Imagine the odometer of a car, it rolls around at (say) 99999. If you increment 00000 you get 00001. If you decrement 00000, you get 99999 (due to the roll-around). If you add one back to 99999 it goes back to 00000. So it's useful to decide that 99999 represents -1. Likewise, it is very useful to decide that 99998 represents -2, and so on. You have to stop somewhere, and also by convention, the top half of the numbers are deemed to be negative (50000-99999), and the bottom half positive just stand for themselves (00000-49999). As a result, the top digit being 5-9 means the represented number is negative, and it being 0-4 means the represented is positive - exactly the same as the top bit representing sign in a two's complement binary number.

Understanding this was hard for me too. Once I got it and went back to re-read the books articles and explanations (there was no internet back then), it turned out a lot of those describing it didn't really understand it. I did write a book teaching assembly language after that (which did sell quite well for 10 years).

• Wow, it's been a long time since I've seen a speedo with both mph and kph. Australia switched over before I'd hit 10yo and I still remember having to remind the old man (slang: father) of the basic conversions when he tried to do 100mph in a 100kph zone :-) Jun 12, 2021 at 2:44
• In any case, I think they stopped allowing the odo to roll back at some point. Disconnecting it from the car and using a drill to roll it back was a favourite trick of (some rather dodgy) people when trying to sell their cars with a lower mileage (funny how we still use that term, guess kilometerage never caught on). Jun 12, 2021 at 2:46

Two complement is found out by adding one to 1'st complement of the given number. Lets say we have to find out twos complement of `10101` then find its ones complement, that is, `01010` add `1` to this result, that is, `01010+1=01011`, which is the final answer.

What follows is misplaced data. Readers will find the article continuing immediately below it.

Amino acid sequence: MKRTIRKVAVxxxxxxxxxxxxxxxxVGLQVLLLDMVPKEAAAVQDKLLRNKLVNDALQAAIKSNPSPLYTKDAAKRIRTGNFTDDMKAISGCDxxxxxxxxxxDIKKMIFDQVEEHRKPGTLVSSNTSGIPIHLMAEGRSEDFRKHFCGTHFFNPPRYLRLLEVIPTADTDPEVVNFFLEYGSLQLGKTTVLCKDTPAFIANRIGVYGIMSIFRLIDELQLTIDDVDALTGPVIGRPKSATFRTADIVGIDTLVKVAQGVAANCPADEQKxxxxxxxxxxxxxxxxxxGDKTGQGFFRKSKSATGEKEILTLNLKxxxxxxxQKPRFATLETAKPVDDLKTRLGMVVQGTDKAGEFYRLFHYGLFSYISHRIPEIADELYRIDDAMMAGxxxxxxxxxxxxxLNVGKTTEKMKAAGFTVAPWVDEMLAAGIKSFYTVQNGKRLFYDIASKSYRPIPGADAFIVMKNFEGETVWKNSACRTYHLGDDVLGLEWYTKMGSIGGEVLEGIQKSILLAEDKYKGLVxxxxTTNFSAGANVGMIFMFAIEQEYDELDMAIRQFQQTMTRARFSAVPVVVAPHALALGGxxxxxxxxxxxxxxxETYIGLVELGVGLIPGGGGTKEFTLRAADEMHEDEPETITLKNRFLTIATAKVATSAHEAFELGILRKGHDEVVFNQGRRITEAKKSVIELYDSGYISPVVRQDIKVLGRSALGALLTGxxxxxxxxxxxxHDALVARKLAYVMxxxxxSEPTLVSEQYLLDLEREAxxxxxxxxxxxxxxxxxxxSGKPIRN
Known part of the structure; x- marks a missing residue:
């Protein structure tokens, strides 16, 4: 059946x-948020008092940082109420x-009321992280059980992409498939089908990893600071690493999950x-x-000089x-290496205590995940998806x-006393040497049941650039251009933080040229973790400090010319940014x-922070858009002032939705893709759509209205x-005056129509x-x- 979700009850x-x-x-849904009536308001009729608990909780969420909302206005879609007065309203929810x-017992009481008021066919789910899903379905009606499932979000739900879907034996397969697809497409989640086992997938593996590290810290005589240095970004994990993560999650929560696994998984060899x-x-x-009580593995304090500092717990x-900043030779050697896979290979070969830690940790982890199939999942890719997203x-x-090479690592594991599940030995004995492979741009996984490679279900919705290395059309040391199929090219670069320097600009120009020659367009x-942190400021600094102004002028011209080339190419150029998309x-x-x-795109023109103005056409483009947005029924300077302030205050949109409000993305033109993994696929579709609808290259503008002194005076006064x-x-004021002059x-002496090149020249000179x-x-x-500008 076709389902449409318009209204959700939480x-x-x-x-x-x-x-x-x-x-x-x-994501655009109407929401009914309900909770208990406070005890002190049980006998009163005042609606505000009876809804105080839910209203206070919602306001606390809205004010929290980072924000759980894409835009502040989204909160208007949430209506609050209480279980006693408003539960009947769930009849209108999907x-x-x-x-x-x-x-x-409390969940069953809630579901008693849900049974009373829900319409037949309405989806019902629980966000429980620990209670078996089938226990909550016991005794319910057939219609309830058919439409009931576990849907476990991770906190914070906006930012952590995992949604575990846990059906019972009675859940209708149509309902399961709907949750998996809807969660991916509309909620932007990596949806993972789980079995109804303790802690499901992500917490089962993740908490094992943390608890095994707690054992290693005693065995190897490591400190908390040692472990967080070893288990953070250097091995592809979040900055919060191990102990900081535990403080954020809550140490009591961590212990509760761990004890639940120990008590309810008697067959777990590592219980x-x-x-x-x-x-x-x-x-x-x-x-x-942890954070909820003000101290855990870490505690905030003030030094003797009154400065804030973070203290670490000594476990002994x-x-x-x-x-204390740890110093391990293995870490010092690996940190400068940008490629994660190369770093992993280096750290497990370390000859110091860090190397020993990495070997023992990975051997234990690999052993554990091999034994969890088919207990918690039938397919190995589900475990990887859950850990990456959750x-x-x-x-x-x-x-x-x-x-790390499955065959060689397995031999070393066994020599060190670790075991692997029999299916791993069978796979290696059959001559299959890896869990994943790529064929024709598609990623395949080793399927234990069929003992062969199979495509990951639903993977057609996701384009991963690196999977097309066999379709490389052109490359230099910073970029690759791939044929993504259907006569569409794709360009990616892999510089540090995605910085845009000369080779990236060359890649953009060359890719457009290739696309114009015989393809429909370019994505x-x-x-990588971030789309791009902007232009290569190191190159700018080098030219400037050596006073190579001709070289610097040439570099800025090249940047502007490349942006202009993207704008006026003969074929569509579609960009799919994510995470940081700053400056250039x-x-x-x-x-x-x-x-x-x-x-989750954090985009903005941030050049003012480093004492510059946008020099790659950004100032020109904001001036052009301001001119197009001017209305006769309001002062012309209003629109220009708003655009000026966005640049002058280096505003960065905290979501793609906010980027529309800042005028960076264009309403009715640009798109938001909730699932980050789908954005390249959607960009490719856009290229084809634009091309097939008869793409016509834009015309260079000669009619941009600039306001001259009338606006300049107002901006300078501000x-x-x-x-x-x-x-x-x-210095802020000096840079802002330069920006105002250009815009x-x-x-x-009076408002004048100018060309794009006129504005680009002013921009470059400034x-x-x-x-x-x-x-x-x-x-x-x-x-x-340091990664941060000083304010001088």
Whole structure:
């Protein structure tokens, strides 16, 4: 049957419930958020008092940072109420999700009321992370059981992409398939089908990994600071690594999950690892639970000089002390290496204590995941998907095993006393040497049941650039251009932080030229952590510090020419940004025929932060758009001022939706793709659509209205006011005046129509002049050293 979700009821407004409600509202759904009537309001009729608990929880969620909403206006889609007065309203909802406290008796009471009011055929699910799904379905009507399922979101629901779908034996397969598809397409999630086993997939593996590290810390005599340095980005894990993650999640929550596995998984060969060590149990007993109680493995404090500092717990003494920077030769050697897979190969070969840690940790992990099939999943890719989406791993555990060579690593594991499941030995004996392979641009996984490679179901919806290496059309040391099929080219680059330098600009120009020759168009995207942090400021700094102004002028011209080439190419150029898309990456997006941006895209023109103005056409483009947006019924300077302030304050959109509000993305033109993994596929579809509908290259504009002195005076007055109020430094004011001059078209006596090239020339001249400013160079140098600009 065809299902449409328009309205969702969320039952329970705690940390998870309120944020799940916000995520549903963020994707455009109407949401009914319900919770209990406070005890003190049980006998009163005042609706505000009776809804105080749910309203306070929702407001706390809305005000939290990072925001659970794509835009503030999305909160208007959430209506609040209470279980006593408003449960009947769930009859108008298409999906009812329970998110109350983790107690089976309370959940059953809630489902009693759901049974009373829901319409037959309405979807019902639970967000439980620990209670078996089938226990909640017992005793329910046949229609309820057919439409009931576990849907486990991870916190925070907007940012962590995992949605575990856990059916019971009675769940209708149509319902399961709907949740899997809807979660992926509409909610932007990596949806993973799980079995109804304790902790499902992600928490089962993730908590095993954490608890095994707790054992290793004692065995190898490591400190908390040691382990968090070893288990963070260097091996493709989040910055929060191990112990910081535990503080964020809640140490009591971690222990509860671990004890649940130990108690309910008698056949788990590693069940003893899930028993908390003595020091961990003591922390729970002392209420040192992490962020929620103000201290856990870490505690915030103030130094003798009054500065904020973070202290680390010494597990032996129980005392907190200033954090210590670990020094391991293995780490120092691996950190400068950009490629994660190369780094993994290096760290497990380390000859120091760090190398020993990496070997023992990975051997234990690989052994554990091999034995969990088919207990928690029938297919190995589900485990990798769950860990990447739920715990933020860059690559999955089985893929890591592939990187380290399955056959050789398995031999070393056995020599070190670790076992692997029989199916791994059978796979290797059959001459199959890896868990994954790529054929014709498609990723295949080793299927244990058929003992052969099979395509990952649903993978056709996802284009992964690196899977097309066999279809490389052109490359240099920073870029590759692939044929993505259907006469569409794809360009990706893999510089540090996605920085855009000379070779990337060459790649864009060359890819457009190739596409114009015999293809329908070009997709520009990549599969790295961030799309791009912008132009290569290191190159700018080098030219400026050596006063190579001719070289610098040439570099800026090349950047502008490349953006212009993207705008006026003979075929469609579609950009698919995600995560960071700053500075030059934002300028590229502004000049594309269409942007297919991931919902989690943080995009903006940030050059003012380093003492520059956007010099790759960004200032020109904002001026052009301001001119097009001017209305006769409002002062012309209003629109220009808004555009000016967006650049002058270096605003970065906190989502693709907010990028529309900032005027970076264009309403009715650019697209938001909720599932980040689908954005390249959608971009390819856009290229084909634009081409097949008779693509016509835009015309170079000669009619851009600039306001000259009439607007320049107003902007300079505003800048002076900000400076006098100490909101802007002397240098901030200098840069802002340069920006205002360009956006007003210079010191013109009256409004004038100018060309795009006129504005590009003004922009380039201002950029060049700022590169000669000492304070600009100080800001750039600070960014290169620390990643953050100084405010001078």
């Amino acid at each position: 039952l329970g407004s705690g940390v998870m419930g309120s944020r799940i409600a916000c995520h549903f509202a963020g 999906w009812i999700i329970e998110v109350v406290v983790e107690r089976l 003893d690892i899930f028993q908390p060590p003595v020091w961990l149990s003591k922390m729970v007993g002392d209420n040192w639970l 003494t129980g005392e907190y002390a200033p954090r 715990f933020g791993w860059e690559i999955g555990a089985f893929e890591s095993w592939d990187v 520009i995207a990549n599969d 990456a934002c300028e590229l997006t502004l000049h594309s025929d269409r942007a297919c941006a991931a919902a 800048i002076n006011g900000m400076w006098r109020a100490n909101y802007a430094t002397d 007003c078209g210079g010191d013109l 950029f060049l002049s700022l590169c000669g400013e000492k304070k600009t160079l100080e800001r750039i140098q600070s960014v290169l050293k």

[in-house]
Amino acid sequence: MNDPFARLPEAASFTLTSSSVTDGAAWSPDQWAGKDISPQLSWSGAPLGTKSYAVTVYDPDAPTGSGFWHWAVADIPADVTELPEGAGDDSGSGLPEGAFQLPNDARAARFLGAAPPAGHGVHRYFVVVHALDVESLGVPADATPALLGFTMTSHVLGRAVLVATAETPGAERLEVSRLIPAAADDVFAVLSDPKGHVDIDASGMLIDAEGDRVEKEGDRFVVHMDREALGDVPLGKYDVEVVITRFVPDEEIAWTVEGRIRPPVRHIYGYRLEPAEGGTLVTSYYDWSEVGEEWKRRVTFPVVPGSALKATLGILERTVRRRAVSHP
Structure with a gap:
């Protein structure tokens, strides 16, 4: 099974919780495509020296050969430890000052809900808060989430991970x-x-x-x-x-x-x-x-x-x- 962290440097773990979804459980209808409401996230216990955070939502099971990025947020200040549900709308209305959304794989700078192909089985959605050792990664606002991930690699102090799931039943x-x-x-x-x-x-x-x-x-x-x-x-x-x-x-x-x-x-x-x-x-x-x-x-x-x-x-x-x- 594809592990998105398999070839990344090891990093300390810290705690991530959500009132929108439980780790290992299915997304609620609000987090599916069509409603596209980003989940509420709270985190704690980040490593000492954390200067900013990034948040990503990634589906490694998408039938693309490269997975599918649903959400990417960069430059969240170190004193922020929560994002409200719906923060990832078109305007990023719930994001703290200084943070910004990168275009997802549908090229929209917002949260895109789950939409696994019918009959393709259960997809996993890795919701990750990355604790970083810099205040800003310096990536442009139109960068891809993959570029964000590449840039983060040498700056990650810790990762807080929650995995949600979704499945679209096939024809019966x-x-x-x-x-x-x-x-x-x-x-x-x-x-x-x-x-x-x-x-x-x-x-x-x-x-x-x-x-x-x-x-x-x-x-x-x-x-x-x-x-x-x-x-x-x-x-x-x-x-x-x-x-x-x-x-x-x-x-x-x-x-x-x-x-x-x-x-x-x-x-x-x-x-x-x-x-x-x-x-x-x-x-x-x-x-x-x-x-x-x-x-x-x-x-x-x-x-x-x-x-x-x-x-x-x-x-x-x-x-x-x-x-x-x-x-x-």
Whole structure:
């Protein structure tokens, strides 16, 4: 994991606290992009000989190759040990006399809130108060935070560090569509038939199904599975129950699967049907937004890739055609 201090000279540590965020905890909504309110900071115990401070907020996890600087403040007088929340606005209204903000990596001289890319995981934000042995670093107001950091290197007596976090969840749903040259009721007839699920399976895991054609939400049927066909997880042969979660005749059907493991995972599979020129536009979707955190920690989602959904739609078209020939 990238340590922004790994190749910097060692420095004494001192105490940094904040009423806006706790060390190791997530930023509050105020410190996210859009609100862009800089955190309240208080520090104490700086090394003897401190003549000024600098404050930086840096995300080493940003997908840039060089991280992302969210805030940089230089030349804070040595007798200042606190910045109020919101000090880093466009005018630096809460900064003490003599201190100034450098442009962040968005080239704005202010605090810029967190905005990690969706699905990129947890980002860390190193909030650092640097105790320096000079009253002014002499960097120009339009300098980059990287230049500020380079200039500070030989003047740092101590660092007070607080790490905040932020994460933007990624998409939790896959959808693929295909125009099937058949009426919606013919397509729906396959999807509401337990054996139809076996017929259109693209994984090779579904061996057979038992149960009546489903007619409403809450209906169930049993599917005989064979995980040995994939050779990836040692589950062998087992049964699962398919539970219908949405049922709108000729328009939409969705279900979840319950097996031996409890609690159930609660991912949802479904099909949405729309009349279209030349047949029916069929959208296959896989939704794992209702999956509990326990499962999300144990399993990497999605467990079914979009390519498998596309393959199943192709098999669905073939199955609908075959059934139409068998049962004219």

Lets get the answer 10 – 12 in binary form using 8 bits: What we will really do is 10 + (-12)

We need to get the compliment part of 12 to subtract it from 10. 12 in binary is 00001100. 10 in binary is 00001010.

To get the compliment part of 12 we just reverse all the bits then add 1. 12 in binary reversed is 11110011. This is also the Inverse code (one's complement). Now we need to add one, which is now 11110100.

So 11110100 is the compliment of 12! Easy when you think of it this way.

Now you can solve the above question of 10 - 12 in binary form.

``````00001010
11110100
-----------------
11111110
``````

Many of the answers so far nicely explain why two's complement is used to represent negative numbers, but do not tell us what two's complement number is, particularly not why a '1' is added, and in fact often added in a wrong way.

The confusion comes from a poor understanding of the definition of a complement number. A complement is the missing part that would make something complete.

The radix complement of an n digit number x in radix b is, by definition, b^n-x.

In binary 4 is represented by 100, which has 3 digits (n=3) and a radix of 2 (b=2). So its radix complement is b^n-x = 2^3-4=8-4=4 (or 100 in binary).

However, in binary obtaining a radix's complement is not as easy as getting its diminished radix complement, which is defined as (b^n-1)-y, just 1 less than that of radix complement. To get a diminished radix complement, you simply flip all the digits.

100 -> 011 (diminished (one's) radix complement)

to obtain the radix (two's) complement, we simply add 1, as the definition defined.

011 +1 ->100 (two's complement).

Now with this new understanding, let's take a look of the example given by Vincent Ramdhanie (see above second response):